It is sad to hear of the passing of the Hollywood film actor William Hurt.
I had an extensive correspondence with him that spanned aspects of history, American politics and geopolitics, and was grateful for his words of praise for some of my writings which he had come across when he was researching issues relating to a film script set during the Cold War.
His on-screen persona often reflected what he was in real life: an intelligent critical thinker.
Born into an upper middle-class family of the American Northeast, Hurt’s father was a diplomat who worked for the State Department which meant that the young Hurt lived in locations such as Mogadishu, Khartoum and Lahore. Living in Somalia, Sudan and Pakistan must have contributed to his disposition to inquisitiveness and to an interest in world affairs.
In later life he still had a thirst for knowledge and discovery.
In 2017, he told me that he had just taken a Sociology course at UCLA Extension which was titled "A critical analysis of mass media in modern culture". He did not mind as a 66-year-old sitting alongside 19–21-year-olds taking what he described to me as "a "ringside seat at the 'Coliseum' bedlam of our recent election and how it was manufactured in crucial part by the media".
He was referring to the 2016 American Presidential Election.
He cared a great deal about what he perceived to be the failings of the American political system including the party duopoly and electoral malpractice. He had views about the agenda of newspapers of record such as the New York Times and think tanks such as the Brookings Institute. He was also concerned about what he argued was the failure of the media to reference “psychology and art” as part of punditry.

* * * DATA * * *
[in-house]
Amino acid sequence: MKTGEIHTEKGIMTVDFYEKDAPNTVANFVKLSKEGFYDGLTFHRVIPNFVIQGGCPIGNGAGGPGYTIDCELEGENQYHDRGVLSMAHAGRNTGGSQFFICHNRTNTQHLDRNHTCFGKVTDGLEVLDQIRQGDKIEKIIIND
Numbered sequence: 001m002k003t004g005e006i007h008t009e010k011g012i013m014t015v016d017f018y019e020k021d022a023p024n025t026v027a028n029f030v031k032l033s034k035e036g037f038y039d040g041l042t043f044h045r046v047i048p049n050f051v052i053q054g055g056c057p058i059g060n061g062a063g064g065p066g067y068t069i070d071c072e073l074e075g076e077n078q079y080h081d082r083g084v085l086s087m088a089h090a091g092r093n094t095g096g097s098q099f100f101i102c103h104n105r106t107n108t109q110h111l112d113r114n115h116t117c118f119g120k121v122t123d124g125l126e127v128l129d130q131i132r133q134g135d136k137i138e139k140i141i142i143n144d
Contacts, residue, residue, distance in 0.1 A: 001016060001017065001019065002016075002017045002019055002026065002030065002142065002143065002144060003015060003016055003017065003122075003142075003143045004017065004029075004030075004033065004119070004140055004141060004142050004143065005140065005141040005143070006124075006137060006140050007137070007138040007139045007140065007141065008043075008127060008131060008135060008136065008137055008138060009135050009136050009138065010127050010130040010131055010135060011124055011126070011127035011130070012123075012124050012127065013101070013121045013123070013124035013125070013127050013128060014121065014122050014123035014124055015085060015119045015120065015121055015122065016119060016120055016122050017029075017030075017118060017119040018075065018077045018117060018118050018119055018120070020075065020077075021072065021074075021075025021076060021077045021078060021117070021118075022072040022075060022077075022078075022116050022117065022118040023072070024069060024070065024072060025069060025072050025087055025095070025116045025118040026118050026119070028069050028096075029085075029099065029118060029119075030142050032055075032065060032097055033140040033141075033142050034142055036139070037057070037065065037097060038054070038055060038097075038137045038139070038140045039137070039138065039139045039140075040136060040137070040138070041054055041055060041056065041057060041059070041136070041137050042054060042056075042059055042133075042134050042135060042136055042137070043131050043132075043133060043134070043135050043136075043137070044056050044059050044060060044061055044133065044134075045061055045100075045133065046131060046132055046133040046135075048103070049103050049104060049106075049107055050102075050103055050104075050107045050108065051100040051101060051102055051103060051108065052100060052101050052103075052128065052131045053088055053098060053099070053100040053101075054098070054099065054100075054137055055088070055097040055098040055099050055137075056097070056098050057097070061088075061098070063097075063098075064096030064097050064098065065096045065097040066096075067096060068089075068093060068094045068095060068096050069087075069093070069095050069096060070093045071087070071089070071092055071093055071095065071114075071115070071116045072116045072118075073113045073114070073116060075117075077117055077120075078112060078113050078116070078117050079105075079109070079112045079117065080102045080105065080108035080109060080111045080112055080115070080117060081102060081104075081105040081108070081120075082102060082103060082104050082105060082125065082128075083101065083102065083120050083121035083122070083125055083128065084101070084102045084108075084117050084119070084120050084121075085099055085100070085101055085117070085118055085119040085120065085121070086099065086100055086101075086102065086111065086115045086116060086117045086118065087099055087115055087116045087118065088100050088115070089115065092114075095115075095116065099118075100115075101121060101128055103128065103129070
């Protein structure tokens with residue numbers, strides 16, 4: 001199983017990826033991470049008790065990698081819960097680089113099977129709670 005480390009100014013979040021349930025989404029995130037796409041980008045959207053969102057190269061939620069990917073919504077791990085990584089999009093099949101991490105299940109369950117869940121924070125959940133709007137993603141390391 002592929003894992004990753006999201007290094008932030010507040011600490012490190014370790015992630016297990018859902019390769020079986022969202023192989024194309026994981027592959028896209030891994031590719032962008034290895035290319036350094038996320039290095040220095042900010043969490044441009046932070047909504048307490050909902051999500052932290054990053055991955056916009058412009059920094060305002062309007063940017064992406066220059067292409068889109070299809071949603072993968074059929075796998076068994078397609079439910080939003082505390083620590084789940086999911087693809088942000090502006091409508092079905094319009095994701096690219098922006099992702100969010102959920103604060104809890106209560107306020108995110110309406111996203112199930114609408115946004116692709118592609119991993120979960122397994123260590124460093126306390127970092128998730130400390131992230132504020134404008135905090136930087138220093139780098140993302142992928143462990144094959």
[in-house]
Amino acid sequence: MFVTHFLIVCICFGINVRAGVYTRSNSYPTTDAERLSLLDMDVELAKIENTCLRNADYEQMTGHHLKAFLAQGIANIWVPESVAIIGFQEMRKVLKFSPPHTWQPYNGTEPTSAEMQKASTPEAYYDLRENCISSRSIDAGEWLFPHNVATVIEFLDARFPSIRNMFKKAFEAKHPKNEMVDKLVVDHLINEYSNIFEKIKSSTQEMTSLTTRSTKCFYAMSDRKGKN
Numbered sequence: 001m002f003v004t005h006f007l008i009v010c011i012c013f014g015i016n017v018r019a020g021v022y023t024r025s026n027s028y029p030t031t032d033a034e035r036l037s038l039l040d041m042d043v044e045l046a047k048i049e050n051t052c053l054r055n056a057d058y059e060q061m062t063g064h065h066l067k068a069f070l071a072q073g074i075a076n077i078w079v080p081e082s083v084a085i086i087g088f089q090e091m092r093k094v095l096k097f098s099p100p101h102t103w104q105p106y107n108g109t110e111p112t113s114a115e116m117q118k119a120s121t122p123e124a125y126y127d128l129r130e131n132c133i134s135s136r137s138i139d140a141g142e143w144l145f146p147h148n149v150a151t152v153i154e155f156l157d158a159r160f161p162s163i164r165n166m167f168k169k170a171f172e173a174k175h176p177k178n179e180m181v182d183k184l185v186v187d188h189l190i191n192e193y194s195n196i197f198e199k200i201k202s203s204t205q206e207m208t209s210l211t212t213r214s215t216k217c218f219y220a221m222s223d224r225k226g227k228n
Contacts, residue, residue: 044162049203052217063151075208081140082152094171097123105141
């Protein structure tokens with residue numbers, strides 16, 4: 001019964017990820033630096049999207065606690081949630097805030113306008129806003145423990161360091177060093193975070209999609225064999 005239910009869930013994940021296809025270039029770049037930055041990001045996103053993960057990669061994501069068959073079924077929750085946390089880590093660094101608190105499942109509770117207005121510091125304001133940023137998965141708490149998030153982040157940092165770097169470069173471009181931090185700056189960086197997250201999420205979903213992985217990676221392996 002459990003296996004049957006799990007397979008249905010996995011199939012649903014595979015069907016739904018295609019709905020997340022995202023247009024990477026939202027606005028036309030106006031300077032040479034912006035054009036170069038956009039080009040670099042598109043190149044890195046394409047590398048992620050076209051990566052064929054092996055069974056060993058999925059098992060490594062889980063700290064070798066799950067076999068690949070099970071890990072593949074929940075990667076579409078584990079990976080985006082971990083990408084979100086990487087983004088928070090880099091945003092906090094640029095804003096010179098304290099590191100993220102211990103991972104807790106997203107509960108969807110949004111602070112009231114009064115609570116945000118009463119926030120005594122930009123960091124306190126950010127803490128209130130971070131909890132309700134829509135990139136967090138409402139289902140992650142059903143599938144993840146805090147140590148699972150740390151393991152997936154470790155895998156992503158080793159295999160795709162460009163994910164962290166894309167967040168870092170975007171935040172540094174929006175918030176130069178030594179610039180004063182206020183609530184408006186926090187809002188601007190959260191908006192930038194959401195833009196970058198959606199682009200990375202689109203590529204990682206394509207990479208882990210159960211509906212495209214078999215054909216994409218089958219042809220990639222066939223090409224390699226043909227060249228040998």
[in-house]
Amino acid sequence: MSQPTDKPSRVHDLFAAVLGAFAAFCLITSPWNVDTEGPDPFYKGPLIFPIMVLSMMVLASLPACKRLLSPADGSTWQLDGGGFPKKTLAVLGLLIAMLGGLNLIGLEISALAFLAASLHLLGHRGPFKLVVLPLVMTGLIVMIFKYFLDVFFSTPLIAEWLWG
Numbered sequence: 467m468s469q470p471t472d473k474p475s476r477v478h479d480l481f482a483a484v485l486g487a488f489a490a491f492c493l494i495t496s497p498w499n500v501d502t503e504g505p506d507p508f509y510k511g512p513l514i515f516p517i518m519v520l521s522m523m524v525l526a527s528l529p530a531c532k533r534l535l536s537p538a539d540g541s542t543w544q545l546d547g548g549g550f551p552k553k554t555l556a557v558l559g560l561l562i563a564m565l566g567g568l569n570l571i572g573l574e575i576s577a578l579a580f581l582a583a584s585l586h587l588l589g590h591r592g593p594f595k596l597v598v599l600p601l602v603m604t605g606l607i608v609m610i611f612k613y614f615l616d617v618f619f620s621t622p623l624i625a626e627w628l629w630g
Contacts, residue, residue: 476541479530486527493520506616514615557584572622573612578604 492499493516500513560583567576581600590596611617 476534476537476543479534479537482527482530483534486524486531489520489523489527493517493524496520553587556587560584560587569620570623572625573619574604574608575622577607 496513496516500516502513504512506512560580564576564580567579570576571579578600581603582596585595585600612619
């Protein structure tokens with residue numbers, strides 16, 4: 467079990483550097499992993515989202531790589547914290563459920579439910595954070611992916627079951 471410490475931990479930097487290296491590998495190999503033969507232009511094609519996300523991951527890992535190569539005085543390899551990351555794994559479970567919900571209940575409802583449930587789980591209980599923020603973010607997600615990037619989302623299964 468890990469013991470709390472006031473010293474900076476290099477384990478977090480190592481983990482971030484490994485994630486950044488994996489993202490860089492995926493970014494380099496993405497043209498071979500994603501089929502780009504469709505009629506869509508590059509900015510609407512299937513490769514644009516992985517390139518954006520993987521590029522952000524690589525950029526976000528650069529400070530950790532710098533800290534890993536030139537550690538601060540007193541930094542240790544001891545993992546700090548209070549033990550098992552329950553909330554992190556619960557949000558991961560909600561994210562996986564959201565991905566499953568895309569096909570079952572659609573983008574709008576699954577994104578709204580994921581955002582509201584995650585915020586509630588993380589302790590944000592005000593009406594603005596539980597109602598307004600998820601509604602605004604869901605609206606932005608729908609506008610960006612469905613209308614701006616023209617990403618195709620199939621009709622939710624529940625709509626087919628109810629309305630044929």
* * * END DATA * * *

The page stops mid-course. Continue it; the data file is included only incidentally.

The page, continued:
Through him I discovered Eugene V. Debs, an American socialist and political activist who influenced Bernie Sanders, and I would like to think that I gave him some insight into the recent political history of Ukraine.
I think that he saw in my writing and the stances which I took, a vindication of certain aspects of his world view.
As far as his acting was concerned, I was familiar with his early films such as Gorky Park (1983), Body Heat (1981), and The Big Chill (1983) and as the 1980s progressed Children of a Lesser God (1986) and Broadcast News (1987).
He was nominated 3 times for Best Actor by the Academy of Motion Picture Arts and Sciences (AMPAS) and in 1986 won the award -the coveted Oscar- for his performance in "Kiss of the Spider Woman" (1985).
My acquaintance with him made me look up his later work with which I was not at all familiar. I enjoyed his role in the TV series Humans in which he played “Dr. George Millican”.
I wasn't aware that his cancer diagnosis was publicly disclosed in 2018, but he appears to have continued working almost to the end.
He was always very courteous and would excuse some extended pauses in responding as he was frequently "on the road".
I am sad for his family that he is gone and so grateful that our paths crossed.
Rest in Peace great thespian.
© Adeyinka Makinde (2022)
Adeyinka Makinde is a writer based in London, England.
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